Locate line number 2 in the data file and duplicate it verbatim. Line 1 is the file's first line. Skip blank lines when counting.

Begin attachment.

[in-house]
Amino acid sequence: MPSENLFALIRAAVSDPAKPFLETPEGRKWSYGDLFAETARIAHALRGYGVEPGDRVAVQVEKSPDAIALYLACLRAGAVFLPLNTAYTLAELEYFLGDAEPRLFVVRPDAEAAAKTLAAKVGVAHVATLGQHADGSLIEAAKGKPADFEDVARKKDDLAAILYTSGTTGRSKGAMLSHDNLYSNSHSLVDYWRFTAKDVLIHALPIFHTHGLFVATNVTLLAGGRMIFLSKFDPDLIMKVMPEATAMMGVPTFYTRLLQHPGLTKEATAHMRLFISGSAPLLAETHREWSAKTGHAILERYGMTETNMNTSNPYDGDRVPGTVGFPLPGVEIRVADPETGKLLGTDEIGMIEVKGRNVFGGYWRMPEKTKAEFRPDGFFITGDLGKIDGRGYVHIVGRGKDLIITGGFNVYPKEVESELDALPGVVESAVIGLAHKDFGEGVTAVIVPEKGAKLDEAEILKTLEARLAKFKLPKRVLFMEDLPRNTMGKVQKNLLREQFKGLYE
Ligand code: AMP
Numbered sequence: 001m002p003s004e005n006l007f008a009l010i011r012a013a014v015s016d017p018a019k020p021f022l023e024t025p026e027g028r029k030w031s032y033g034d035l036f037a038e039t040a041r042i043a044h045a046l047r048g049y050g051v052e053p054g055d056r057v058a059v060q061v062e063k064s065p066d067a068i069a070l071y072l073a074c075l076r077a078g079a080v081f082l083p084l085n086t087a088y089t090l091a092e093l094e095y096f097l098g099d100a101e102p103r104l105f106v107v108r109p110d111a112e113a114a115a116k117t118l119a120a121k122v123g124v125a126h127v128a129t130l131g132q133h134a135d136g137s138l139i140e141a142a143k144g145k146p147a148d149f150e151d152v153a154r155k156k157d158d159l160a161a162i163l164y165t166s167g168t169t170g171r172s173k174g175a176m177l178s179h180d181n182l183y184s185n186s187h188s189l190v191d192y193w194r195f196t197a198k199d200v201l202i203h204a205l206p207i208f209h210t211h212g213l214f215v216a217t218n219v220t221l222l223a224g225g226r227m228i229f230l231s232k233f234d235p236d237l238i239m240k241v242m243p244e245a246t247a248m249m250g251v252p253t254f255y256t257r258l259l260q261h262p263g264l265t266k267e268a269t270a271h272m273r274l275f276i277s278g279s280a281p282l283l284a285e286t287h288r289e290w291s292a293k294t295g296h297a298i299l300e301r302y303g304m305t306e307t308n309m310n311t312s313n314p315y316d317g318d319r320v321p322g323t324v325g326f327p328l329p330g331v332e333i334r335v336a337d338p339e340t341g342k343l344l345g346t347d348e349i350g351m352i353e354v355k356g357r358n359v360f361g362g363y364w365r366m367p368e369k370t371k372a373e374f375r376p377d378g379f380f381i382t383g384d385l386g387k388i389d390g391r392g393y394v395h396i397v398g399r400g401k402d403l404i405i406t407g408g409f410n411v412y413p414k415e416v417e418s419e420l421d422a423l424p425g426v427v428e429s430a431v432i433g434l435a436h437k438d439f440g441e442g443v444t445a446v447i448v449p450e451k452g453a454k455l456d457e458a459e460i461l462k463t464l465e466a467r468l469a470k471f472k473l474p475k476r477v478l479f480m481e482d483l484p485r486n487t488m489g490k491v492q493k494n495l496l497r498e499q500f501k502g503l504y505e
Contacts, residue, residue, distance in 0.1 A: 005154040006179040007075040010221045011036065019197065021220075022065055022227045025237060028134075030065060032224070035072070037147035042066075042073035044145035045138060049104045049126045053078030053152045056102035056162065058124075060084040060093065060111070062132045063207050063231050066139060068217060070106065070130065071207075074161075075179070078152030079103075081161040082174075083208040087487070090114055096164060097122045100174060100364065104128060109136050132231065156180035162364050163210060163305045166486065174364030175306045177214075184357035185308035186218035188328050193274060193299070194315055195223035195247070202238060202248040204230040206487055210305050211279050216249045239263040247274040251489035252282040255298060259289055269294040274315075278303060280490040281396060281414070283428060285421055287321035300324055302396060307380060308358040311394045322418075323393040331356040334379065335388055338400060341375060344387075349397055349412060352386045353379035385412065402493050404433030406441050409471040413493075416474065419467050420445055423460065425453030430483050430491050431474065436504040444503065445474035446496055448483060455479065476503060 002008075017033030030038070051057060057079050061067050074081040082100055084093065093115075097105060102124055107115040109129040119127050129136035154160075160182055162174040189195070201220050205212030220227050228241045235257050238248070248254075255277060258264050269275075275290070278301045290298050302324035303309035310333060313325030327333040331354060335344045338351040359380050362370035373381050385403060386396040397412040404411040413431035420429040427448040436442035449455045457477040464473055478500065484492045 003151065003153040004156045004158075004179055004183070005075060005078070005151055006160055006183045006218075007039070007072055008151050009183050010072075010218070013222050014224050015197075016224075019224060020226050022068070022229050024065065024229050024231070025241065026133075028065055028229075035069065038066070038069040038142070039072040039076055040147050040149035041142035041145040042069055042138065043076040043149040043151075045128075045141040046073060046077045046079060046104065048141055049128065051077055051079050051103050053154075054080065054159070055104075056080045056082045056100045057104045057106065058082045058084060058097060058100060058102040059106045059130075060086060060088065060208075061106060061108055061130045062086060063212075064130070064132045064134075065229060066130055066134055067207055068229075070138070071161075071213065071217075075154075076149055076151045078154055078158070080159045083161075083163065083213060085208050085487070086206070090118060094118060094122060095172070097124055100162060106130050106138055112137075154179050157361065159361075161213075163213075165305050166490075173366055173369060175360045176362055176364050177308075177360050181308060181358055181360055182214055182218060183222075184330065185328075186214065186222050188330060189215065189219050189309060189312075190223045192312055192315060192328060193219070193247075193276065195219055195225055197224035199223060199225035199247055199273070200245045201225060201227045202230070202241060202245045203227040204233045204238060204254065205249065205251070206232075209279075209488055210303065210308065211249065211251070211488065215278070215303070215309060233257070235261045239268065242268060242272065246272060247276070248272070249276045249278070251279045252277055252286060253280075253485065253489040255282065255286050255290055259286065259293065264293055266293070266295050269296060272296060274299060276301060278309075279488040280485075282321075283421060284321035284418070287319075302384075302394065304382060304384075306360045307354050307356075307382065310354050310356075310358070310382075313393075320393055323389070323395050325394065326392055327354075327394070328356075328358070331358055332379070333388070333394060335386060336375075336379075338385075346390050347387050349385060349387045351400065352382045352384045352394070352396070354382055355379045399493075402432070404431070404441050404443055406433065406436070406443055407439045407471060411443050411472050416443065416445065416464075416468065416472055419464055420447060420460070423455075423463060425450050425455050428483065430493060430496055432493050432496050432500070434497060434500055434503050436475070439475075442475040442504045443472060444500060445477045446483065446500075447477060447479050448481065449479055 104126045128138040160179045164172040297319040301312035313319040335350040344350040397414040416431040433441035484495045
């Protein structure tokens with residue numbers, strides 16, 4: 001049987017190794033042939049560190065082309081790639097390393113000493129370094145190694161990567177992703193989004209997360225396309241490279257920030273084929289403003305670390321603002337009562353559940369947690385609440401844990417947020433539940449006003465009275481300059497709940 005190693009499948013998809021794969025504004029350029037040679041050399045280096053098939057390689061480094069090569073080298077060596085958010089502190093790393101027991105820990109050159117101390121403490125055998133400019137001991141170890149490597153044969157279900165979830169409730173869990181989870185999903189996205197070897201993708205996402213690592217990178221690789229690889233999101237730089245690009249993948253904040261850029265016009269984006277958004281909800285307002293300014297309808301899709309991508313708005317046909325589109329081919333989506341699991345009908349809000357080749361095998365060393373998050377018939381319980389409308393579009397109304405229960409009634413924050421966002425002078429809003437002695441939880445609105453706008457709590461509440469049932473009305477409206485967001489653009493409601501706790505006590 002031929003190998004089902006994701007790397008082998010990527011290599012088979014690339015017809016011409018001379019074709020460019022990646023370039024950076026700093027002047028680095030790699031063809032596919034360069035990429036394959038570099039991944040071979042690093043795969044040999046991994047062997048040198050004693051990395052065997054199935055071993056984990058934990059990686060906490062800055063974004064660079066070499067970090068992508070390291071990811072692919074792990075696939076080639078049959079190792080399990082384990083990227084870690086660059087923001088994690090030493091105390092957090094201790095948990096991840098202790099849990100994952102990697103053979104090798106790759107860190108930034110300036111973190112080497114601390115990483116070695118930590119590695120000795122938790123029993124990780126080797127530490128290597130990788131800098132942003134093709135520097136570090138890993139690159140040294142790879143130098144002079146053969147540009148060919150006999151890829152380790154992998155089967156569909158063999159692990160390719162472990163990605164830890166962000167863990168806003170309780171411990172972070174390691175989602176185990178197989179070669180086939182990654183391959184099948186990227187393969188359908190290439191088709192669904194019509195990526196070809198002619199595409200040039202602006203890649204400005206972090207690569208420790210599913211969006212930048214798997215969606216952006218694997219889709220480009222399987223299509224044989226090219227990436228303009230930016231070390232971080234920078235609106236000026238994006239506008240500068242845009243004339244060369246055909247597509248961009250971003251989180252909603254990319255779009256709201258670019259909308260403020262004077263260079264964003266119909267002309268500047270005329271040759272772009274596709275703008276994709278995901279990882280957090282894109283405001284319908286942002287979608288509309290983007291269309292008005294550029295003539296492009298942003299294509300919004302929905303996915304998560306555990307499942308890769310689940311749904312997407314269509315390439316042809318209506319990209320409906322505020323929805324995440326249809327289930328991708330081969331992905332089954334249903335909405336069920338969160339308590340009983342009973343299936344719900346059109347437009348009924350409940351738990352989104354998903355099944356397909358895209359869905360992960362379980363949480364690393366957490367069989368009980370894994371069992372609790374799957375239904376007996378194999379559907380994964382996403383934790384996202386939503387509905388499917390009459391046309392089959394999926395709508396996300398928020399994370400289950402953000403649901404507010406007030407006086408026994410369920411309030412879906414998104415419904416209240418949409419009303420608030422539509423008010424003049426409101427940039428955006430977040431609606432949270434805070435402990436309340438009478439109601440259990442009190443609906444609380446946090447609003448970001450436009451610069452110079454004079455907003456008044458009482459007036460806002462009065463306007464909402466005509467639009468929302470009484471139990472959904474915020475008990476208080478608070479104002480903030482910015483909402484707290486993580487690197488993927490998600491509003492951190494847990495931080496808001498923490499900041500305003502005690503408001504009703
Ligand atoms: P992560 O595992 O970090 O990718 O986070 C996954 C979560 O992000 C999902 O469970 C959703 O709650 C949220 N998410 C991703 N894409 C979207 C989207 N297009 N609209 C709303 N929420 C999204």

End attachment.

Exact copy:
Amino acid sequence: MPSENLFALIRAAVSDPAKPFLETPEGRKWSYGDLFAETARIAHALRGYGVEPGDRVAVQVEKSPDAIALYLACLRAGAVFLPLNTAYTLAELEYFLGDAEPRLFVVRPDAEAAAKTLAAKVGVAHVATLGQHADGSLIEAAKGKPADFEDVARKKDDLAAILYTSGTTGRSKGAMLSHDNLYSNSHSLVDYWRFTAKDVLIHALPIFHTHGLFVATNVTLLAGGRMIFLSKFDPDLIMKVMPEATAMMGVPTFYTRLLQHPGLTKEATAHMRLFISGSAPLLAETHREWSAKTGHAILERYGMTETNMNTSNPYDGDRVPGTVGFPLPGVEIRVADPETGKLLGTDEIGMIEVKGRNVFGGYWRMPEKTKAEFRPDGFFITGDLGKIDGRGYVHIVGRGKDLIITGGFNVYPKEVESELDALPGVVESAVIGLAHKDFGEGVTAVIVPEKGAKLDEAEILKTLEARLAKFKLPKRVLFMEDLPRNTMGKVQKNLLREQFKGLYE